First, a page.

So, from this one plant, people could garner a whole host of useful properties – and the only way to experience it is by smelling the plant for yourself!

This is just one of the wonderful species found in our brilliant bogs – there are many, many more to explore!

*(As well as being less knowledgeable about the benefits of these plants in this day and age,  we’re all generally less knowledgeable about the side effects and potential hazards too, so always exercise caution when foraging, especially if you plan to eat or drink anything made from wild plants, especially as the side effects can be pretty powerful, even toxic. In a similar vein, myrtle also has abortifacient properties so should never be ingested by pregnant womenThe highly fragrant essential oil from the seeds is highly toxic and should never be ingested; it can also cause skin irritation).

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2 Responses to Bog myrtle – Myrica gale

  1. Susan Verberg says:

    Wonderful article! I am intrigued by the comment the catkins can be boiled to make wax out of. This would be similar to the US Myrica species called wax bayberries, which fruit with berries not catkins. Have you harvested wax from bog myrtle catkins personally? I am only familiar with its use in brewing and do not encounter any waxy residue in the wort.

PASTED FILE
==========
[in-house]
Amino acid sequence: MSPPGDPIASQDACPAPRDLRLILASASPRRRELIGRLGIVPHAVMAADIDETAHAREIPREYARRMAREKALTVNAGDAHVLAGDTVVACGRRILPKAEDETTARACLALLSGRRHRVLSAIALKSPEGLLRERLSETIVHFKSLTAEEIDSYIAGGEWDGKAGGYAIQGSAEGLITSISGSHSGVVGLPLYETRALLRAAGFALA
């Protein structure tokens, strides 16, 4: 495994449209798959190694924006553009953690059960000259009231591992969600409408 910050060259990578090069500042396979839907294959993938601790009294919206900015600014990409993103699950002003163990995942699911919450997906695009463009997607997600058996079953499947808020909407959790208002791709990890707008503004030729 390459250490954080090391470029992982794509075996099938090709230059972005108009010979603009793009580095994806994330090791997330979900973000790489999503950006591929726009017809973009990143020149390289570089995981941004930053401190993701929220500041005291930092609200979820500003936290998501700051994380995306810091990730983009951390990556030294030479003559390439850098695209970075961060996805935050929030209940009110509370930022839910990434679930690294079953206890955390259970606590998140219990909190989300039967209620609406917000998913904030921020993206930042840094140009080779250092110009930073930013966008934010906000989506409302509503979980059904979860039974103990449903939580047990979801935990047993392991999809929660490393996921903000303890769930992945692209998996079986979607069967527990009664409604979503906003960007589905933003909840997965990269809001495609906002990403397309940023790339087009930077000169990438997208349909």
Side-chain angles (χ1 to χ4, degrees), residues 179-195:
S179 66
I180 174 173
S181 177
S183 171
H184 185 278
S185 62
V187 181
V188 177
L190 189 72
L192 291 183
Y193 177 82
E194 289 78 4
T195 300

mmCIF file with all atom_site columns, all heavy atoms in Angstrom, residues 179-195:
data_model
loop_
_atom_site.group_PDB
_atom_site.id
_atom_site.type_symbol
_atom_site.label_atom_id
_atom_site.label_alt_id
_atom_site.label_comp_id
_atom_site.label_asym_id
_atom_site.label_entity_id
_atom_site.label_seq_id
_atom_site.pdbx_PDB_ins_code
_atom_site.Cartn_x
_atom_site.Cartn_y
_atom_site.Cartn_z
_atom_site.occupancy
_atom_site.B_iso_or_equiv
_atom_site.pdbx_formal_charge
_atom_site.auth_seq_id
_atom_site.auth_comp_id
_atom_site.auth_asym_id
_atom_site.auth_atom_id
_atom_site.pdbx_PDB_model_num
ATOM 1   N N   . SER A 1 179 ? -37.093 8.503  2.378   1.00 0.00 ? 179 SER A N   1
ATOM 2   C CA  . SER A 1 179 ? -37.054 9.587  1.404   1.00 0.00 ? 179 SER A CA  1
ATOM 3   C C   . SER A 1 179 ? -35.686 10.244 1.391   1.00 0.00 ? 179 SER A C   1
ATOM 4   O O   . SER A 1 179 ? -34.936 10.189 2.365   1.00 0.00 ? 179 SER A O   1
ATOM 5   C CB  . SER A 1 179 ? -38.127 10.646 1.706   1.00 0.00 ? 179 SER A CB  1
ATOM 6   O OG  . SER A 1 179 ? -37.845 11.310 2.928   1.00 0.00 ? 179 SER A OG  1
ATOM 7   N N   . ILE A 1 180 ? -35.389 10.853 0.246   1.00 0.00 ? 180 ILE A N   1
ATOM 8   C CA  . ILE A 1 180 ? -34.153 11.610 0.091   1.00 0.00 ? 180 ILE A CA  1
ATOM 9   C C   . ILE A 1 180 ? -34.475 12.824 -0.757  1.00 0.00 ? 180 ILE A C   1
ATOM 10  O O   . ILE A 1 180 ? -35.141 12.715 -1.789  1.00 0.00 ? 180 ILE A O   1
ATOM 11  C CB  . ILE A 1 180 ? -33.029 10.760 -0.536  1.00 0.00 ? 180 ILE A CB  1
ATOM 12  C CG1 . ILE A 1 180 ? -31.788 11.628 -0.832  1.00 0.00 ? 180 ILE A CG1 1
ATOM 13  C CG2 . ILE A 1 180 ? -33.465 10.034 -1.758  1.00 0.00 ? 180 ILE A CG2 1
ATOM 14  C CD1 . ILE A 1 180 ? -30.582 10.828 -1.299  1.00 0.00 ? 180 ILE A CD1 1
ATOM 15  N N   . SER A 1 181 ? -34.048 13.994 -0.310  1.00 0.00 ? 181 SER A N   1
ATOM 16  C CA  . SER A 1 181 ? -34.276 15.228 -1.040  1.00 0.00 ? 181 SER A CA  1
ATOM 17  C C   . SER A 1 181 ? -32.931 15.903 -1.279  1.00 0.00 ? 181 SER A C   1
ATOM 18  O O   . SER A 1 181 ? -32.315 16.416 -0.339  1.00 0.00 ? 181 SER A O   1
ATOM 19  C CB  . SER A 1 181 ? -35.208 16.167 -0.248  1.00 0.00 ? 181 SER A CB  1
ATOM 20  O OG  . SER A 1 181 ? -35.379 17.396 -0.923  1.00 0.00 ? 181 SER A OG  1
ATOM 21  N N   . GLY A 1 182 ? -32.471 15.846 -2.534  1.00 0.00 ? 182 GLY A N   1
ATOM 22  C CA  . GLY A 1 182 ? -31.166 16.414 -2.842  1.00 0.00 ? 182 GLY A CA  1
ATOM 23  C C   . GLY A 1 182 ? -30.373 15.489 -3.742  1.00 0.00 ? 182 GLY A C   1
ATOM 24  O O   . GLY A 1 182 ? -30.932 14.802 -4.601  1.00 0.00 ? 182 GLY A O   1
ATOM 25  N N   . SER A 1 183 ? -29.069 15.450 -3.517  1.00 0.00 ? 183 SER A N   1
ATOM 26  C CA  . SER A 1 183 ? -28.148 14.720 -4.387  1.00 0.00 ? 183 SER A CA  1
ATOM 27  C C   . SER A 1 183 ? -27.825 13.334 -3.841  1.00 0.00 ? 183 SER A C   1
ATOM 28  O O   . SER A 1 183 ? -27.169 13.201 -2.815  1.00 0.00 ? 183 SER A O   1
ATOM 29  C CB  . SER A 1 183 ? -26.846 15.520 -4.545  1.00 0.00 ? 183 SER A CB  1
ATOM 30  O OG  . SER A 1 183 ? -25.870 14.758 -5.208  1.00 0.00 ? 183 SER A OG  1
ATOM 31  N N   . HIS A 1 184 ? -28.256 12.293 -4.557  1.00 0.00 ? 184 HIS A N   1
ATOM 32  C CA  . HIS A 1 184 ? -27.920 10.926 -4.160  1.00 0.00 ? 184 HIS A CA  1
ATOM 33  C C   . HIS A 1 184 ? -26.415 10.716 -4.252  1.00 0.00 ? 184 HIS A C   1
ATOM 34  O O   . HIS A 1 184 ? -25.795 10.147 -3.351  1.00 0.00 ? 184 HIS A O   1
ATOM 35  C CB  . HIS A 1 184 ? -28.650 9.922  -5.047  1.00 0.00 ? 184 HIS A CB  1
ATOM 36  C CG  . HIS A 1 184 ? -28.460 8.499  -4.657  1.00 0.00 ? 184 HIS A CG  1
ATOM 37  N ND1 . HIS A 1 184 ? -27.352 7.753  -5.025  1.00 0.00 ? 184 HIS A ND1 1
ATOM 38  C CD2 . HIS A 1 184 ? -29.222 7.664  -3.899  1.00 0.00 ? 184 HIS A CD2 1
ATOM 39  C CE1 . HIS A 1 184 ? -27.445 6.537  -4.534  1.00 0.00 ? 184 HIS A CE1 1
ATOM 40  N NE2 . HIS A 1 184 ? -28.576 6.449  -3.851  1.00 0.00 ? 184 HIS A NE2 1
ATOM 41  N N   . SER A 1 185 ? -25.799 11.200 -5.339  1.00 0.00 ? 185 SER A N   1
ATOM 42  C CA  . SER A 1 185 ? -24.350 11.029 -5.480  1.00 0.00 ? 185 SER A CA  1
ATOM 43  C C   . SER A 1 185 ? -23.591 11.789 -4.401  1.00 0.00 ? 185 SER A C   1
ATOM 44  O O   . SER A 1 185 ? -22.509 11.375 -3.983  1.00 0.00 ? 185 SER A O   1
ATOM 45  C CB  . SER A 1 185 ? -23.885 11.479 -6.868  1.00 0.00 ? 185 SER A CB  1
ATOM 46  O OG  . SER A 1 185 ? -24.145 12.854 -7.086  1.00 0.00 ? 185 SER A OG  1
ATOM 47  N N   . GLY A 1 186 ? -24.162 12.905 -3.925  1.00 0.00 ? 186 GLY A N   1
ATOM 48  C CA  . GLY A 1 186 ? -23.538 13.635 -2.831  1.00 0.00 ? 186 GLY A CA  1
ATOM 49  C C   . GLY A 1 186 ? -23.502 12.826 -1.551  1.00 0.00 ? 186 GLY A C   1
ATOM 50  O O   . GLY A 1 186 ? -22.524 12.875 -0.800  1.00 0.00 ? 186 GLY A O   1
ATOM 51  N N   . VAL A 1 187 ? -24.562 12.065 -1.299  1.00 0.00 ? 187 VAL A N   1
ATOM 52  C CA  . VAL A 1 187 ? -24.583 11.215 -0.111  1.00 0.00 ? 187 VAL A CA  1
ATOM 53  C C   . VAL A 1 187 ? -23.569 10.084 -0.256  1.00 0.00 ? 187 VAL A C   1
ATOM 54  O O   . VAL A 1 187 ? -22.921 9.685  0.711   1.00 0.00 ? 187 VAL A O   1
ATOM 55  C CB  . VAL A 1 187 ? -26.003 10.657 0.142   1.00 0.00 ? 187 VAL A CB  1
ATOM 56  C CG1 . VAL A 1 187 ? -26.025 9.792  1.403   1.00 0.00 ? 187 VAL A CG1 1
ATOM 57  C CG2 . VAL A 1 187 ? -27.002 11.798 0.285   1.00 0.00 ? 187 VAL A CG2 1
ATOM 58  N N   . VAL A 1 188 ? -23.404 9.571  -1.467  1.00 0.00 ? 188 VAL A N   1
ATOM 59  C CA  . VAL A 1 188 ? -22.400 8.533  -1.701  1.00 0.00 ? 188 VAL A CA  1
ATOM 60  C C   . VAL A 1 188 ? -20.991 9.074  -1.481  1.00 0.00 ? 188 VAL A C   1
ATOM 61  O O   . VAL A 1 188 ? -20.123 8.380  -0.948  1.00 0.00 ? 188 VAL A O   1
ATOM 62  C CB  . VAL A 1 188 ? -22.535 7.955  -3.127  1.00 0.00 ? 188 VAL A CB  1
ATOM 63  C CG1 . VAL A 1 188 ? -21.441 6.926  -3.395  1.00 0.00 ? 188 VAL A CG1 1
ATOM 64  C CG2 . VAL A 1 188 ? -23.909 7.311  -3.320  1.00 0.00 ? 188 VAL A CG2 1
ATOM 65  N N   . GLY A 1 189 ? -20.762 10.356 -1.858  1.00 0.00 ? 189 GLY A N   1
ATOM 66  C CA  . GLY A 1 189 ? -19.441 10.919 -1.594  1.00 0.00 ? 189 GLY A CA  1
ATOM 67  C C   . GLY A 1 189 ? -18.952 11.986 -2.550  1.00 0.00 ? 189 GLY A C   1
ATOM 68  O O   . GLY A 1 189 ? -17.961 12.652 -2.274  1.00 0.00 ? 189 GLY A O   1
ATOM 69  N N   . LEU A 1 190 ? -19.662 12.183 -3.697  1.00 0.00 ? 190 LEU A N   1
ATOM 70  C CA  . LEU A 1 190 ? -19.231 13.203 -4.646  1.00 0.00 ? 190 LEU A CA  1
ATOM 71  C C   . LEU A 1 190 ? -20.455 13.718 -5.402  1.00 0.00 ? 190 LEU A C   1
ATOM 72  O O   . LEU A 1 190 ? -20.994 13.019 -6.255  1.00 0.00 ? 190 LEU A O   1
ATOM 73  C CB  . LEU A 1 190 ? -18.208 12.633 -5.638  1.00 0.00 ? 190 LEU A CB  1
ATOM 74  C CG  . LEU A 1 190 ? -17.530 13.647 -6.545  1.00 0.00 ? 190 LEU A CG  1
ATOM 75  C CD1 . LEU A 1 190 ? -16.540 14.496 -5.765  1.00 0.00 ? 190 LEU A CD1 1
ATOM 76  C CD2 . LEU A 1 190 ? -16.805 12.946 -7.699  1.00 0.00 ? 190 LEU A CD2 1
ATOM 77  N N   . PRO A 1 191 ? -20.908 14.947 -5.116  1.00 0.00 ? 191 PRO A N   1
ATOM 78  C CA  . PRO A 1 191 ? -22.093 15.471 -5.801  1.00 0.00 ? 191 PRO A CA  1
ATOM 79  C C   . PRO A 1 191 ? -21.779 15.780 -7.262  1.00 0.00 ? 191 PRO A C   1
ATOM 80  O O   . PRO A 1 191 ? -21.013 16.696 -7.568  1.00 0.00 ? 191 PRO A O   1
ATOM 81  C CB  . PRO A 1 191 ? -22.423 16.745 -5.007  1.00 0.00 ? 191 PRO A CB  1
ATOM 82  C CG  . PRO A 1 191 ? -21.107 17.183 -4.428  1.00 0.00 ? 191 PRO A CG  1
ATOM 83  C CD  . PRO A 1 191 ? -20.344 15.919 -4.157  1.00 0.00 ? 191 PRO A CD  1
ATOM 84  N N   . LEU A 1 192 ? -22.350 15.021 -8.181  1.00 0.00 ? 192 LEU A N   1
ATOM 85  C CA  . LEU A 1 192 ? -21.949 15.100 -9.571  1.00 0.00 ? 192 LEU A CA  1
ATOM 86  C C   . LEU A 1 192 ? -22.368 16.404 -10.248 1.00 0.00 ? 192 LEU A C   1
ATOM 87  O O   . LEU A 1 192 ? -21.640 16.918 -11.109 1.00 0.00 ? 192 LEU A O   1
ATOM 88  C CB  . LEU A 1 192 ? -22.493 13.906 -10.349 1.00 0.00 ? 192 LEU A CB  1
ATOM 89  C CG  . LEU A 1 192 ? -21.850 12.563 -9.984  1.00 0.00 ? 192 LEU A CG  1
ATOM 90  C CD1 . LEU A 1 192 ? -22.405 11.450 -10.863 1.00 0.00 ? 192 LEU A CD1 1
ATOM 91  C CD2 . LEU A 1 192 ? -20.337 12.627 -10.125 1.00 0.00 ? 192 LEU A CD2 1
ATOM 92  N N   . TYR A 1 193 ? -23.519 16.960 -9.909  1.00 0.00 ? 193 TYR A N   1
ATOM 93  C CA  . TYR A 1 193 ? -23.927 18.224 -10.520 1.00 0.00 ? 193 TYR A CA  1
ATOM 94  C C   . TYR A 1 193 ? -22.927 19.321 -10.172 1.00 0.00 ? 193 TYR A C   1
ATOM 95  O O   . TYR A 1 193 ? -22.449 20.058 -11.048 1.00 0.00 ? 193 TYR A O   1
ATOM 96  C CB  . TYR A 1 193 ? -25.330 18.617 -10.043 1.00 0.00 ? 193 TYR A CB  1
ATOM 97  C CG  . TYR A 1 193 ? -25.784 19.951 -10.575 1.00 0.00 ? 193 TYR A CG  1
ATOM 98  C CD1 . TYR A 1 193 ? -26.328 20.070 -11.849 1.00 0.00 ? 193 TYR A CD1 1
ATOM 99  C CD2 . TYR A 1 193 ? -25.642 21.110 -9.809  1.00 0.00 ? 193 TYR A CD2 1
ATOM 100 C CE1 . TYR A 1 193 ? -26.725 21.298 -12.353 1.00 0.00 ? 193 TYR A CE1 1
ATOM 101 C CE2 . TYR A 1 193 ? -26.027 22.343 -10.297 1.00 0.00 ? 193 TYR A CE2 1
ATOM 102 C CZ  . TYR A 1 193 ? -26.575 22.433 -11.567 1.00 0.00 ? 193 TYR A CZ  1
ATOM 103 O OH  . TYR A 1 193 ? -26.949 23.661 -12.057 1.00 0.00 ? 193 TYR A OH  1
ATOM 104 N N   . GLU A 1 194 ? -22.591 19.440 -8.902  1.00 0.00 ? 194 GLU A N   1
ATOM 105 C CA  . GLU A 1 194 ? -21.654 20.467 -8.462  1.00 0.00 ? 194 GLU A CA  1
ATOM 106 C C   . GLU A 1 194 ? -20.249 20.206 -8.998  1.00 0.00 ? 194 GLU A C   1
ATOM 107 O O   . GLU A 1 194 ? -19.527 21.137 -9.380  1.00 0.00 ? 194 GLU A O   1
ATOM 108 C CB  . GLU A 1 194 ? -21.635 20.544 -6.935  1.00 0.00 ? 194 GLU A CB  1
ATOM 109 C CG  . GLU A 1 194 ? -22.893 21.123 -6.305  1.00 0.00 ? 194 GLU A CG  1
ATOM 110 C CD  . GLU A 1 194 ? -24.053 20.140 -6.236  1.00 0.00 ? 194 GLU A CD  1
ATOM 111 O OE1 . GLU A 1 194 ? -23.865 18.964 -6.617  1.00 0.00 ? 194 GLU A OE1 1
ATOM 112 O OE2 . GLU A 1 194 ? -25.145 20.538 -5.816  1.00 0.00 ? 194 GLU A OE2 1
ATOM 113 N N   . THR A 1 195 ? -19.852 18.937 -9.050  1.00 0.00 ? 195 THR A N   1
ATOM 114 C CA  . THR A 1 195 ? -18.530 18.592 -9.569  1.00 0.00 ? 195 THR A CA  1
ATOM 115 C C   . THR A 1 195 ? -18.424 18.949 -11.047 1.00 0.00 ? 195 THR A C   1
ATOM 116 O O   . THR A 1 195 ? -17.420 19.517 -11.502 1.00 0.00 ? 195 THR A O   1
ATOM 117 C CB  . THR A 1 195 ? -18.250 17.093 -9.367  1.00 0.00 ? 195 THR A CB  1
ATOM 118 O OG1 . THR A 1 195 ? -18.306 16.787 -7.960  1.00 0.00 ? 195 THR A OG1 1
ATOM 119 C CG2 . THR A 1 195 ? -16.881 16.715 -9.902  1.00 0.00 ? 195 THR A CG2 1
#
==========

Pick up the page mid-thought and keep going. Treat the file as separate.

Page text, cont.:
Liked by 1 person

    • Ladylanders says:

      Hello Susan, thank you for your kind comments. I haven’t had a go at collecting wax personally and as far as I know it’s in the drupes (the fruit, and the fruit stones) that people can boil and then skim the wax off the water surface rather than the catkins. It certainly would be interesting to try though I imagine it’s pretty labour intensive. It’s often staggering to discover just how much work and how many processes had to be gone through to produce the end result, that people in the past nevertheless had to do, and also found worthwhile to do, given the lack of an alternative. When you brew the catkins do you find the resulting drink pleasant? Hopefully no ‘berserker’ properties in evidence?

      Liked by 1 person